What do You Mean, “Analyze?”

What do You Mean, “Analyze?”

So, on the second day of class, I put a poem in front of my sophomore English students. 

Well, not exactly. I put the shape of a poem in front of them. It looked like this:

I told them, “Take a couple minutes to read this over.” Immediately, they began asking whether or not they were supposed to be able to read it. (They suspected I was up to something.)

I said, “Well, given that you can’t read it, what can you tell me about it anyway?”

The uproar that followed was delicious. Expressions of confusion and frustration and sarcasm — and then through the noise I heard one student say, “It has stanzas.” 

“Ah!” I said. I pushed her further. “How do you know it has stanzas?”

She noted the spaces between each pair of lines. Another student asked what a stanza was, and the class whipped up a definition together: sections in a poem separated by spaces.

Another student noted that the poem had sixteen lines separated into eight stanzas; then I asked if anyone knew the term for a two-line stanza (someone did — couplet). From there the students dove in and noted the number of words, the placement of punctuation, the symmetrical figure created by varying line lengths, and the pattern implied by the placement of punctuation.

I praised them throughout at their ability to observe and describe many things about a poem they couldn’t even read.

See where I’m going with this?

Meaning is So Distracting

In my experience, the average fifteen-year-old is very fuzzy on what analysis is. What it entails, and what it doesn’t. They constantly interpret, deduce, and predict when I am only asking them to observe and describe.

So I thought, how could I get this class to analyze a poem without skipping and hopping, like stilt-legged llamas into the La Brea Tar Pit, into deep but murky interpretive claims about the poem? 

I had to give them a poem without content. I knew that the content would only distract them.

So I found a poem in a back issue of Rattle and traced over it with a Sharpie marker.

Here are the notes from the board, collecting their observations about my contentless poem:

My next step was to ask them to write up their analysis. I said, in a paragraph or a few bullet points, analyze the poem.

Again, they were thrown into confusion — on the one hand, I could have probably phrased the writing prompt more clearly: what I wanted them to do was take our notes from the board and translate them into a document that communicated our observations to a third party — someone who wasn’t in the room for our discussion.

But their confusion actually led us to define analyze in an awesome way.

They kept asking whether I wanted them to write something that built on the notes we took together. I kept insisting if they did, they’d probably get stuck trying to interpret a poem they couldn’t read or understand. They asked if they should work from assumptions; I said we could work from the assumption that it was in fact a poem. This back and forth allowed us to define analysis as organizing and communicating a series of observations after breaking down a subject. Not bad for our purposes.

I asked the class, “On a scale of 1 to 10, how confident were you that you knew what analysis was at the beginning of class?” I got numbers like 0, 2.5, 3. “How confident are you now?” They gave me numbers like 8 and 10.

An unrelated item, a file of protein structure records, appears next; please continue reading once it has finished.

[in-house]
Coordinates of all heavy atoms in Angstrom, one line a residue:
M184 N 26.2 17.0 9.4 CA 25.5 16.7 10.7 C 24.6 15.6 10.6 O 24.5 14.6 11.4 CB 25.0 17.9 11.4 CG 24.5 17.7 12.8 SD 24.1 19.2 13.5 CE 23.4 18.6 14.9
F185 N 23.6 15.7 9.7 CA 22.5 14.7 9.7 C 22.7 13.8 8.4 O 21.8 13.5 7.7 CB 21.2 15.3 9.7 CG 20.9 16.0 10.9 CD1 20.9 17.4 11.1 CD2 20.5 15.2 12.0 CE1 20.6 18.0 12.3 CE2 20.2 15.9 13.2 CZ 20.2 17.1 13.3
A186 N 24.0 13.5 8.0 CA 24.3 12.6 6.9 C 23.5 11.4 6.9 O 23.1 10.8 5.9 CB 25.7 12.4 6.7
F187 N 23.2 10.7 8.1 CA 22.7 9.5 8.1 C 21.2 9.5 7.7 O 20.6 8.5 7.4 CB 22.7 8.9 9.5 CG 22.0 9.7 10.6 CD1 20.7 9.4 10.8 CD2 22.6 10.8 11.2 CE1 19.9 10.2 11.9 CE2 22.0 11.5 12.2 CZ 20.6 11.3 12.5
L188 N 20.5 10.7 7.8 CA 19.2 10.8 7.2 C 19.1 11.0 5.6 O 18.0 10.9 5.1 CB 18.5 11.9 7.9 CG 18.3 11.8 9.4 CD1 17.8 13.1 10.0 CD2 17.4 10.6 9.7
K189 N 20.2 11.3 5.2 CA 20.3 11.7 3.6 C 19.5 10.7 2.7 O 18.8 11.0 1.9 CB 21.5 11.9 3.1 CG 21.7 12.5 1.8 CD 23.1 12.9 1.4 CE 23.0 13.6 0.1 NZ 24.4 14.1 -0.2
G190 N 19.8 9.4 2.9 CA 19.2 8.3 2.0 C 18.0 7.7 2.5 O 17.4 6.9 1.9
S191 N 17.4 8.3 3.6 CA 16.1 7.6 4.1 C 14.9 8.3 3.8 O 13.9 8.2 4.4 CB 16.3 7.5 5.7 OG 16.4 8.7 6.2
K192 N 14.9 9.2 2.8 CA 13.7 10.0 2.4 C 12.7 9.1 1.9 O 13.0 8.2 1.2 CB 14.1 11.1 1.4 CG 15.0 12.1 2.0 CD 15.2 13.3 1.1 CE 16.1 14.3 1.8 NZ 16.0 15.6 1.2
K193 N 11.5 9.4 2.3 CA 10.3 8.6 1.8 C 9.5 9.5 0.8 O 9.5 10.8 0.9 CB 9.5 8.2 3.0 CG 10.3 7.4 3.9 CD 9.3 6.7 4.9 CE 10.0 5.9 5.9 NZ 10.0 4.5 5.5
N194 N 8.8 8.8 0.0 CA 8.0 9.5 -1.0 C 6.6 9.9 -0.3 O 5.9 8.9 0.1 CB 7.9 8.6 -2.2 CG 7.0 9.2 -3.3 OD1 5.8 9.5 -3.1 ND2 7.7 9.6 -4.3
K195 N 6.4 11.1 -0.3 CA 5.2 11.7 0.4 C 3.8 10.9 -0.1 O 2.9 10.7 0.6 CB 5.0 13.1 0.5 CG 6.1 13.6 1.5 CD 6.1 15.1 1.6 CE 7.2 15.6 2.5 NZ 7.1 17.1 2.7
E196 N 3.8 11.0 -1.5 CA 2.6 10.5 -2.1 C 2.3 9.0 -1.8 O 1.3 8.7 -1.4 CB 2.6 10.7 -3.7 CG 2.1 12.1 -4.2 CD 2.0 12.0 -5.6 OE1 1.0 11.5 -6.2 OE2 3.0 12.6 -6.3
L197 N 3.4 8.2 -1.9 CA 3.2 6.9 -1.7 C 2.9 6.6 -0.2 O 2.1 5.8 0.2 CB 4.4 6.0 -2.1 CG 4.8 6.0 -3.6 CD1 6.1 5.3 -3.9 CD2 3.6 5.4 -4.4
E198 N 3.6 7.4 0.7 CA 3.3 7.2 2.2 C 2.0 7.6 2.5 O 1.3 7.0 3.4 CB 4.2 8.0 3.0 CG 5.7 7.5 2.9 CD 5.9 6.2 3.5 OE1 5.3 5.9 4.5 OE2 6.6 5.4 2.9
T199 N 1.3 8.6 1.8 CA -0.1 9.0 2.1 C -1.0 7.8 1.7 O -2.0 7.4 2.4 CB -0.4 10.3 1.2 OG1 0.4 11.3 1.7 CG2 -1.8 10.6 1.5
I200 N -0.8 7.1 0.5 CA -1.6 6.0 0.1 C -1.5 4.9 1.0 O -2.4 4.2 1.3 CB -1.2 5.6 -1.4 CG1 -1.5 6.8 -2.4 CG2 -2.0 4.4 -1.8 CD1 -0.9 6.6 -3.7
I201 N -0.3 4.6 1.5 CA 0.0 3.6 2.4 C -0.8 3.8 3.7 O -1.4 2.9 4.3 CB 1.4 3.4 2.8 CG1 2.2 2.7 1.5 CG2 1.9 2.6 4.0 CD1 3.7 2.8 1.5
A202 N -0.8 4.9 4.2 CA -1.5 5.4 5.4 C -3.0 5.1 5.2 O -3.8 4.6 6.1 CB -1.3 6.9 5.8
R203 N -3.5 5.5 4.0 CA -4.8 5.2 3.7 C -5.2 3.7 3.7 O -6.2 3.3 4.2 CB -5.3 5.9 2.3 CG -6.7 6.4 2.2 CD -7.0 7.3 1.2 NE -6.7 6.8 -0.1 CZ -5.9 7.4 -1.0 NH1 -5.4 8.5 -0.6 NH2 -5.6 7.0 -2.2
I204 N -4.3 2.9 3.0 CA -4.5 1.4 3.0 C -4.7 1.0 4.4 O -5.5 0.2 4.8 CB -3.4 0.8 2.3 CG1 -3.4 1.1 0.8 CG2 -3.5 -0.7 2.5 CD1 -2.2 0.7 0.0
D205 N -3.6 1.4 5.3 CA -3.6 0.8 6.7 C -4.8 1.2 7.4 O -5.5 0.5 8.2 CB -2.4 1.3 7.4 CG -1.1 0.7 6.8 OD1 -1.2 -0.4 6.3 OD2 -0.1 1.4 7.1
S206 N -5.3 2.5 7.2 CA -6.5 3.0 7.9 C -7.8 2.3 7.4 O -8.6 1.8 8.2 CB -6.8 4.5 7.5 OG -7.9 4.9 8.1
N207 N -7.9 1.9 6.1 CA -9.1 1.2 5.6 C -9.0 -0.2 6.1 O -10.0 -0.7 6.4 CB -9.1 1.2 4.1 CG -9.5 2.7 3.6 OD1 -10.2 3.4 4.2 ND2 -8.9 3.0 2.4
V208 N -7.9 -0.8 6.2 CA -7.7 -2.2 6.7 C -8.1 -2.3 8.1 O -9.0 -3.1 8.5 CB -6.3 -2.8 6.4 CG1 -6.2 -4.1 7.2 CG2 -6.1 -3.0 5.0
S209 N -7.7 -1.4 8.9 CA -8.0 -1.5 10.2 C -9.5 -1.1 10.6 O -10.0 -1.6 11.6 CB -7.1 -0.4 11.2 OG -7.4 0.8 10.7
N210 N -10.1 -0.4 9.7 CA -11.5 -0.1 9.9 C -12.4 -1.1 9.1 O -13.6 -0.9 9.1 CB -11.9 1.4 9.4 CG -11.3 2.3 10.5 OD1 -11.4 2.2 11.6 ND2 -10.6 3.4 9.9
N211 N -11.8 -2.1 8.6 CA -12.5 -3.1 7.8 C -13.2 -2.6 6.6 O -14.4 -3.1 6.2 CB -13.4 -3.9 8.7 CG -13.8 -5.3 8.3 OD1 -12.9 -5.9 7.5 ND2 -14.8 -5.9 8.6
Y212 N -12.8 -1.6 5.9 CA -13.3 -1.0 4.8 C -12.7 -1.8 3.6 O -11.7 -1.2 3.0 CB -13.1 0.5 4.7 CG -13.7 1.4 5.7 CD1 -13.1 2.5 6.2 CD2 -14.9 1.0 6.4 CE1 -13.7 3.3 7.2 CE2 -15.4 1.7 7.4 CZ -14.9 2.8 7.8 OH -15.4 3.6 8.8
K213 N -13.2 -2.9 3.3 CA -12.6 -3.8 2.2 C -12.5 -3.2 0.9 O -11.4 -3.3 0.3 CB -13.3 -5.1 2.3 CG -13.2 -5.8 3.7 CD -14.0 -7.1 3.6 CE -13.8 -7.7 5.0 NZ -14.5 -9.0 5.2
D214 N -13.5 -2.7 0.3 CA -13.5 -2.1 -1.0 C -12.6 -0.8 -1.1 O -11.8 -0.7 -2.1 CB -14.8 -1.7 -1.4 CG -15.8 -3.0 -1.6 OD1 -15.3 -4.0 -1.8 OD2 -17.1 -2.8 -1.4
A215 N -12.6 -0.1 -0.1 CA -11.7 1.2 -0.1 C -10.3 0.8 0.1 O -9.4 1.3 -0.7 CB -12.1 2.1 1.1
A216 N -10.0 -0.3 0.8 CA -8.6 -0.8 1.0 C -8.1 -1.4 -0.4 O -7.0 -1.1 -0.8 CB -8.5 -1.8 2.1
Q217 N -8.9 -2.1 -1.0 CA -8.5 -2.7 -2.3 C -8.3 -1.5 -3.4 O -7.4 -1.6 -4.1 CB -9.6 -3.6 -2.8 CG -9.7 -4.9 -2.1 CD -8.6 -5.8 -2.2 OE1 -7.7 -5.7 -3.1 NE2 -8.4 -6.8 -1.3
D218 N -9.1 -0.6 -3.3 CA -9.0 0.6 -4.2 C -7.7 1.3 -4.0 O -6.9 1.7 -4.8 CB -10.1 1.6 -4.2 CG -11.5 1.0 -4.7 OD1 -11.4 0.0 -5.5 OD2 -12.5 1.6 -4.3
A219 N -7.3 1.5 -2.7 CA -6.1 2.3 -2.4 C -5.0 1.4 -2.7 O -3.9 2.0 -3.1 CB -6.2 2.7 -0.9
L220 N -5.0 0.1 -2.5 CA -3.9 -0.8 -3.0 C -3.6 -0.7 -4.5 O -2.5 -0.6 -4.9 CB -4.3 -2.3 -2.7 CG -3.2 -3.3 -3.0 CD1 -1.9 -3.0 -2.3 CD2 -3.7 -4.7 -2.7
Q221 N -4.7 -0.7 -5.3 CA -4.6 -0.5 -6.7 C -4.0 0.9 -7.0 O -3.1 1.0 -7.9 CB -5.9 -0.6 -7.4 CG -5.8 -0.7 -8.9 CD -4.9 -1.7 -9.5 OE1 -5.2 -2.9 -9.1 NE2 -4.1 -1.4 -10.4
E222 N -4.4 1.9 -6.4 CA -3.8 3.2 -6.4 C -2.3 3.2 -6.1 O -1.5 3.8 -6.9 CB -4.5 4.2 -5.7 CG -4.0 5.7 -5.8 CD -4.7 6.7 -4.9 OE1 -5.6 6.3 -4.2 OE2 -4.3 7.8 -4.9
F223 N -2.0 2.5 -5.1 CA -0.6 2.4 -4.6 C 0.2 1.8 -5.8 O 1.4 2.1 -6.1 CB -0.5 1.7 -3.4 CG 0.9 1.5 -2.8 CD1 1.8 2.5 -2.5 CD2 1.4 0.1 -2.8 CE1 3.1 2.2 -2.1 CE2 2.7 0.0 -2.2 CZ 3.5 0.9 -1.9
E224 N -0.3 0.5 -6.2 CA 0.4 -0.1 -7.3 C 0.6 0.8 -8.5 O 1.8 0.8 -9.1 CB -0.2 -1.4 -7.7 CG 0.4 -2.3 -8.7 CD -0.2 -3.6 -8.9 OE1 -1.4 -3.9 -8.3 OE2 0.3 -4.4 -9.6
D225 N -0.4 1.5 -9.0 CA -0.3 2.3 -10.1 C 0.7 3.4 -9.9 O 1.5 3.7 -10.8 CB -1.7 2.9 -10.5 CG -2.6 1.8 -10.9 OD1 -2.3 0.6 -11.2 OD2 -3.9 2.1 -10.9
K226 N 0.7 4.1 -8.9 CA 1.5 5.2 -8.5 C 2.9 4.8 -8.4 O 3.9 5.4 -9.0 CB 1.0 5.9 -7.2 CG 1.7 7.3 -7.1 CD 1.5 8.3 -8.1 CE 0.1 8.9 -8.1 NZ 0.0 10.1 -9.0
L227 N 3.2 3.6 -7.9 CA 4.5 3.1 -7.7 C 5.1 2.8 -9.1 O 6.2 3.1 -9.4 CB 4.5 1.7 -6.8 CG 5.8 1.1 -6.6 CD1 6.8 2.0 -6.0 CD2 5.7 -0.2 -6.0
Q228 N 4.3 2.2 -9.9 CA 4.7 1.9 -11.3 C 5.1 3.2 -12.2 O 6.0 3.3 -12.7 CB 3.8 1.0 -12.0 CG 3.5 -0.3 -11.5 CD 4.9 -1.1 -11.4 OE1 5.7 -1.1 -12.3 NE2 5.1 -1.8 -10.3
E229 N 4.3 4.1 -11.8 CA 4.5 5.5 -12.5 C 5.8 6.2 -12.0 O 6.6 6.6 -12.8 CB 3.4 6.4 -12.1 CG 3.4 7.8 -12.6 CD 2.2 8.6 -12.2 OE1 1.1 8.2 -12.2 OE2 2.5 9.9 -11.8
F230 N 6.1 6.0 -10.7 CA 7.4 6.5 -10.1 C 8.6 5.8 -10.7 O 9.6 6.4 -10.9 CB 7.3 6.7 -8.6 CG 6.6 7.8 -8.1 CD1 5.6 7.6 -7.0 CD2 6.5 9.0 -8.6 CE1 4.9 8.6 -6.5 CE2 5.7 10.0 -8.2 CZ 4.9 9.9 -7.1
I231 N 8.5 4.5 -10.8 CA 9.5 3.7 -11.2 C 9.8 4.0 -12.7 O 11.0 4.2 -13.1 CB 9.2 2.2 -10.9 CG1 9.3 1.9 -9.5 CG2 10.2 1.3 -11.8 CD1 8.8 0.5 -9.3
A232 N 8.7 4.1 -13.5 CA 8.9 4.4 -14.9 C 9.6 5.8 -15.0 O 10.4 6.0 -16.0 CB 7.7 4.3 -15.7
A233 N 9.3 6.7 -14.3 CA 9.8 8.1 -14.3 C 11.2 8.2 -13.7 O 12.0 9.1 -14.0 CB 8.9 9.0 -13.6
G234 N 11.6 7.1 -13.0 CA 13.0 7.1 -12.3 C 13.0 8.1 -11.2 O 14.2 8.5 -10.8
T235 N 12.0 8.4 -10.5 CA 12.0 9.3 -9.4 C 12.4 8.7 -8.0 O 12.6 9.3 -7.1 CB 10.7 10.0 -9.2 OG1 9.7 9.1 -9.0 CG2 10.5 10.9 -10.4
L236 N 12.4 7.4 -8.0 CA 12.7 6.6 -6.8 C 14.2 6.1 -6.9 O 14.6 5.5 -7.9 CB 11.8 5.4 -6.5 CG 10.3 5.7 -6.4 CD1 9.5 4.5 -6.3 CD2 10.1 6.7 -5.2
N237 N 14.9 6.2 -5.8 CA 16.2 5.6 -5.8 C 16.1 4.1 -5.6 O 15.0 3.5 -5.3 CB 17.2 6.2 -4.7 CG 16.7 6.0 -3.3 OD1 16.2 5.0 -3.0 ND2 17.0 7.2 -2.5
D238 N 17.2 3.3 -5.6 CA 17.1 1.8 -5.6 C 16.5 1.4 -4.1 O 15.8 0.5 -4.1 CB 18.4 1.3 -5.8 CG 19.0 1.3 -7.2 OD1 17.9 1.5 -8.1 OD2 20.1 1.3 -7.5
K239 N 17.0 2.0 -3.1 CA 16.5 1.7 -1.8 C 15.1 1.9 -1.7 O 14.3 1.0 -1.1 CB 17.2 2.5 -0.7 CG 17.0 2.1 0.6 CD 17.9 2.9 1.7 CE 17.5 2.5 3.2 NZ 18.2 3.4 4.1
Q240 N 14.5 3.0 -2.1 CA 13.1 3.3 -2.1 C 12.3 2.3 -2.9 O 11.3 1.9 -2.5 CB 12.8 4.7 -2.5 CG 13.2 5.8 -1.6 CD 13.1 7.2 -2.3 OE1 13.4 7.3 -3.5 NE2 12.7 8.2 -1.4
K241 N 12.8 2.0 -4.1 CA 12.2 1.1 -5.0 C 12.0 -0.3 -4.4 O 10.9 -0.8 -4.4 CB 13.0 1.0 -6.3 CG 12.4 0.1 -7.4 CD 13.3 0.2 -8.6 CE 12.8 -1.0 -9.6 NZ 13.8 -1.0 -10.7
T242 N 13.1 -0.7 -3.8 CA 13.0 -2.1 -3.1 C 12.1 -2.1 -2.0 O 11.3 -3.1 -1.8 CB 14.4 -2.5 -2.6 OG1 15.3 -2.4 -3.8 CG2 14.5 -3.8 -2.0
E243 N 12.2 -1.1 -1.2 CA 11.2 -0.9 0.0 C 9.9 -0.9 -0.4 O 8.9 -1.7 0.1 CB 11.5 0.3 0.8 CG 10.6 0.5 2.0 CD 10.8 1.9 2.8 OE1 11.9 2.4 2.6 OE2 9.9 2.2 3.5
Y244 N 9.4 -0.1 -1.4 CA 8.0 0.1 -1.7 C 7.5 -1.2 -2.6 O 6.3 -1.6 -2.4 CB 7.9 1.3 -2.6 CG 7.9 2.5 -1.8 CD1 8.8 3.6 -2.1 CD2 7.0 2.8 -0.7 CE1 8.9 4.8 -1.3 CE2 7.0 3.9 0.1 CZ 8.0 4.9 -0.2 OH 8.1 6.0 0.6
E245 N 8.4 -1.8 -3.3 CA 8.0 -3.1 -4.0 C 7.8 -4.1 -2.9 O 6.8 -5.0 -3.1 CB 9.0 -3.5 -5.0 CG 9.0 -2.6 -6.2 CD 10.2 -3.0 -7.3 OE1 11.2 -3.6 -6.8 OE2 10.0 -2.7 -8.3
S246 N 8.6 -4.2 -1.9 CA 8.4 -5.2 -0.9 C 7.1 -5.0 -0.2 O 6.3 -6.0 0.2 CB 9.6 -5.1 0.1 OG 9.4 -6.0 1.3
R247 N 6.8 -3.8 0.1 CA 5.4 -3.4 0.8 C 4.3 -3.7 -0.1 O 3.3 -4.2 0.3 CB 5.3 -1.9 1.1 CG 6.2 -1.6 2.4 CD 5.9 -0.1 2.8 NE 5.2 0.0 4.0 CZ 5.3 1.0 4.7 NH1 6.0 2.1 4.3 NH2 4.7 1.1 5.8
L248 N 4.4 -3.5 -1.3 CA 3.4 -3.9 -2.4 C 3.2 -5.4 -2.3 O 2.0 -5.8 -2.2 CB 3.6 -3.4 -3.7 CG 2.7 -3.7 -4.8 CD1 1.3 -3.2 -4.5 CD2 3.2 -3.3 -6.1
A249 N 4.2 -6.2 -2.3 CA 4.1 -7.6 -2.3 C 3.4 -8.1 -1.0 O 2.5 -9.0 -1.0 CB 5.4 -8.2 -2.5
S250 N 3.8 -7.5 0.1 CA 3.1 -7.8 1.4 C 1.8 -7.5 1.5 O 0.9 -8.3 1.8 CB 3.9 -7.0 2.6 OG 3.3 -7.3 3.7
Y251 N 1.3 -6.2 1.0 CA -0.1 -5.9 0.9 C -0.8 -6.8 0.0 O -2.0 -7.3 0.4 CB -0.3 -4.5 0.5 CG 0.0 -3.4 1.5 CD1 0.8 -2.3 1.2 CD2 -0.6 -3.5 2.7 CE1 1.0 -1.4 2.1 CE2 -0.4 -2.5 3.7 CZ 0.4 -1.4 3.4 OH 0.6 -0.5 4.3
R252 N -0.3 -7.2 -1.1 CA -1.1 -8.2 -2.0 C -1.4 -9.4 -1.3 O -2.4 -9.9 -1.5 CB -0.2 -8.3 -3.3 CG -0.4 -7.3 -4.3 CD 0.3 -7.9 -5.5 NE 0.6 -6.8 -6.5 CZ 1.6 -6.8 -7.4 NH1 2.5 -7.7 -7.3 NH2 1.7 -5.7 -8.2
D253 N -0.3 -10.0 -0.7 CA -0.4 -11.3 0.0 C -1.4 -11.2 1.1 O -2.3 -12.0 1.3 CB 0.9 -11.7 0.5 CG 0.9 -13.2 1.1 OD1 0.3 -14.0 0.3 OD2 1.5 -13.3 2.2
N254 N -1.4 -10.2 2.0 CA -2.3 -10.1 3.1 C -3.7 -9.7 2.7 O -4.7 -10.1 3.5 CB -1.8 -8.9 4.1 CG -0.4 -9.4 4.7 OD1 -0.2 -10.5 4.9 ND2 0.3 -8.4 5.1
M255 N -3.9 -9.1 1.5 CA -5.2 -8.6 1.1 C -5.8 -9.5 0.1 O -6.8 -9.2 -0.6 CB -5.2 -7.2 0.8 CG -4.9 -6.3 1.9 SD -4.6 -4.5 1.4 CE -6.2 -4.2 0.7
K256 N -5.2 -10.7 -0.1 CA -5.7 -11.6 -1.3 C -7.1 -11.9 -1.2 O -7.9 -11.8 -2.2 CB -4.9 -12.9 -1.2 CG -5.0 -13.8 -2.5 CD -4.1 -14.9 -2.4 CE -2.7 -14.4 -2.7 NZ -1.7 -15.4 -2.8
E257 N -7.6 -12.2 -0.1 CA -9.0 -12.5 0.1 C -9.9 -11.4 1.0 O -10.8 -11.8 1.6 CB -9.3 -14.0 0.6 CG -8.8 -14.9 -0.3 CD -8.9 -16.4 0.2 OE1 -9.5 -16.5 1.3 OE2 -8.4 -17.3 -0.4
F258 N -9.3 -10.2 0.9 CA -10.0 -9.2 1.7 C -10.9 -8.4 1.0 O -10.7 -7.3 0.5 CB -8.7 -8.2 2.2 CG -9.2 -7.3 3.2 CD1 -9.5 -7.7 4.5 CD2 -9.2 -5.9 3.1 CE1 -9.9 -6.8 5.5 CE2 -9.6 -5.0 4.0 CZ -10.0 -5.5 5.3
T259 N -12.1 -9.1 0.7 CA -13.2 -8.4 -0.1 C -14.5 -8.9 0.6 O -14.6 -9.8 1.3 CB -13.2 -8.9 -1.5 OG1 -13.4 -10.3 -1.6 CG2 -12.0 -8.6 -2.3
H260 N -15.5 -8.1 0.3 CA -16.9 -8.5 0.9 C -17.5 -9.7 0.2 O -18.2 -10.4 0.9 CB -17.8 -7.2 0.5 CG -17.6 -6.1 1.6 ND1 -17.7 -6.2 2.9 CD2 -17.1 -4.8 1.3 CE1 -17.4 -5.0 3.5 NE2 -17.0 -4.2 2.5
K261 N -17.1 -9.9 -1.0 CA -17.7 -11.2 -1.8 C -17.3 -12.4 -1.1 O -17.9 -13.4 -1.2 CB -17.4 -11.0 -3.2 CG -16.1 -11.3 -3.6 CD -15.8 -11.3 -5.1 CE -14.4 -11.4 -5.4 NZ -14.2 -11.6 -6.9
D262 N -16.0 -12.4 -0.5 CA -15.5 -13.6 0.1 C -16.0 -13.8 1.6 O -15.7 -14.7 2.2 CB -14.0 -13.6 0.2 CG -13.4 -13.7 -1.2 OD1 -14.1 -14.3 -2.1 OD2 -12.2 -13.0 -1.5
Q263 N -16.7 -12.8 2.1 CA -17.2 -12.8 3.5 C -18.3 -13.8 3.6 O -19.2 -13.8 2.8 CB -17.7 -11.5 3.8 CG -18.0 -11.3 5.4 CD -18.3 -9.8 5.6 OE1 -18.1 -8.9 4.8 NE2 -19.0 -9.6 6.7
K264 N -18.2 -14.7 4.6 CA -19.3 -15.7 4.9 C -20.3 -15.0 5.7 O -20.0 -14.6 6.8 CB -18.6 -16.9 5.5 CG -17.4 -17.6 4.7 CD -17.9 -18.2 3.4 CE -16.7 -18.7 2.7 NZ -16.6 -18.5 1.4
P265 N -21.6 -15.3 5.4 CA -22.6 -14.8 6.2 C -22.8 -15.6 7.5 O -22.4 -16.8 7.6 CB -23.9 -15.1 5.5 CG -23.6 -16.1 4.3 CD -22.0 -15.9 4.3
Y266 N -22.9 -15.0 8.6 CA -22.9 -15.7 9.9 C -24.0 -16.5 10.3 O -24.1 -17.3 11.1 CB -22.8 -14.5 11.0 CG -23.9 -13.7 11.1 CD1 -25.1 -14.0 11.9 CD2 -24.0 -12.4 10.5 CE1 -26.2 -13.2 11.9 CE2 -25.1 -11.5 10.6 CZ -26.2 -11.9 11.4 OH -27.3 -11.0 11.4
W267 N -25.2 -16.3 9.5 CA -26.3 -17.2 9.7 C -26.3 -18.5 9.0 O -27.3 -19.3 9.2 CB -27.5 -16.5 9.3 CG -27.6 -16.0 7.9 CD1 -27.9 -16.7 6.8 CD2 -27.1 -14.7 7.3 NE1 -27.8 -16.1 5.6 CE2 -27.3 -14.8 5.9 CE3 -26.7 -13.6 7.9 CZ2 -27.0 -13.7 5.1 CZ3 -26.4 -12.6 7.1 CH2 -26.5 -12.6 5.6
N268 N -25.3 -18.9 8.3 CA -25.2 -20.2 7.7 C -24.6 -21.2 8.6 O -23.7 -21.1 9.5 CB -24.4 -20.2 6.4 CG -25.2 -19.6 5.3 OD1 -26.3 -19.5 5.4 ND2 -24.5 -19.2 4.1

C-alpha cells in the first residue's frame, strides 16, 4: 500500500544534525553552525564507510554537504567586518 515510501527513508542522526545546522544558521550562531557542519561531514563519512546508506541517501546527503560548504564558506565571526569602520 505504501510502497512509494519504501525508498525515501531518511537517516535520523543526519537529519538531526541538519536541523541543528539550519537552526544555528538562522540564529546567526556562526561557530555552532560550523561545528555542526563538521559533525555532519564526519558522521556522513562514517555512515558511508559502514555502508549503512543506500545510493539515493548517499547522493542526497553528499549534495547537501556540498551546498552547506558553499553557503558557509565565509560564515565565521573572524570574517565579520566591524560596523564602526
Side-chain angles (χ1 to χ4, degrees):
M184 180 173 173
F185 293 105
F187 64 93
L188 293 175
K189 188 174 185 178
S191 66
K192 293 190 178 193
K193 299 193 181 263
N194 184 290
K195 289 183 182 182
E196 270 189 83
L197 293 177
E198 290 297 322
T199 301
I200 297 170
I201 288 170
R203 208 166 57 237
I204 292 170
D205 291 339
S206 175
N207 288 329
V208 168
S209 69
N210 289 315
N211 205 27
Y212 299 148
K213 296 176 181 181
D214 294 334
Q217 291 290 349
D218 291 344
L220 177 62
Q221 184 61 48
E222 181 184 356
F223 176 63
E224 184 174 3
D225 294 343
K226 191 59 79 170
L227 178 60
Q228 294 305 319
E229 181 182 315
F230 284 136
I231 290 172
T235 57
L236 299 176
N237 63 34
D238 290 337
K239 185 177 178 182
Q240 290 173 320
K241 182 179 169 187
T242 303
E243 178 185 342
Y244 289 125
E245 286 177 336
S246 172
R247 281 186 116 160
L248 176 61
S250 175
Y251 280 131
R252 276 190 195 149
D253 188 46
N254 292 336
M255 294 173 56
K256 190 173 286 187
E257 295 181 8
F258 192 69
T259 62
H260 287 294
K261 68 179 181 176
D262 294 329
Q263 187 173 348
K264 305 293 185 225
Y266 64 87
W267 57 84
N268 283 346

Remember, You're the Teacher, not the Authority

My students’ success with this activity was actually quite humbling. It reminded me that my definition of analysis was only mine. It wasn’t the definition. And ultimately, if we want to get all social-constructivist, there is no the definition. Only our definition right now.

And that’s the definition of anything (not just analysis) we should be acknowledging and celebrating in the classroom. The definition we arrive at as a community.

I highly recommend this lesson. At the very least, I recommend digging into whether or not your students actually understand what you mean when you use teacher-lingo. Chances are, they don’t. And it’s not their fault; we teachers sometimes use terms like analyze pretty loosely. I’ve heard teachers say analyze when they mean describe. I’ve heard them use analyze to mean interpret. Heck, I’m sure I’ve done this. 

I’m sharing this lesson because it’s close to the heart of one of my goals this year: I will trust my students. I realized part of trusting them — of believing they were bringing everything they could to the table, that they were willing and wanted to do well — was being constructivist in my language.

I trust that if I ask them to analyze, they will do their best to analyze. Trusting them also means I believe that any responses that present poorly-developed interpretations and deductions (instead of analysis) are not the evidence of “unreadiness” or a lack of skills or even laziness. Rather, half-baked interpretations are the result of me, the teacher, assuming my language is our language when it isn’t. 

Yes — I will trust that they are doing their best. If I’m clear about what I mean when I say “analysis,” their best will get better.

3 Replies to “What do You Mean, “Analyze?””

  1. I remember, in one of my first college art classes, the professor thumbtacked a blank sheet of paper to the cork board and asked us to “analyze and critique.” We were all confused at first, but collectively got the ball rolling, and it really opened our eyes to the possibilities of art in general. The size of the paper, the placement of the tack, the sheen and tone of the paper, how high on the wall the paper was, etc… All of what seemed to be nothingness, was really something in the building blocks of a piece of artwork.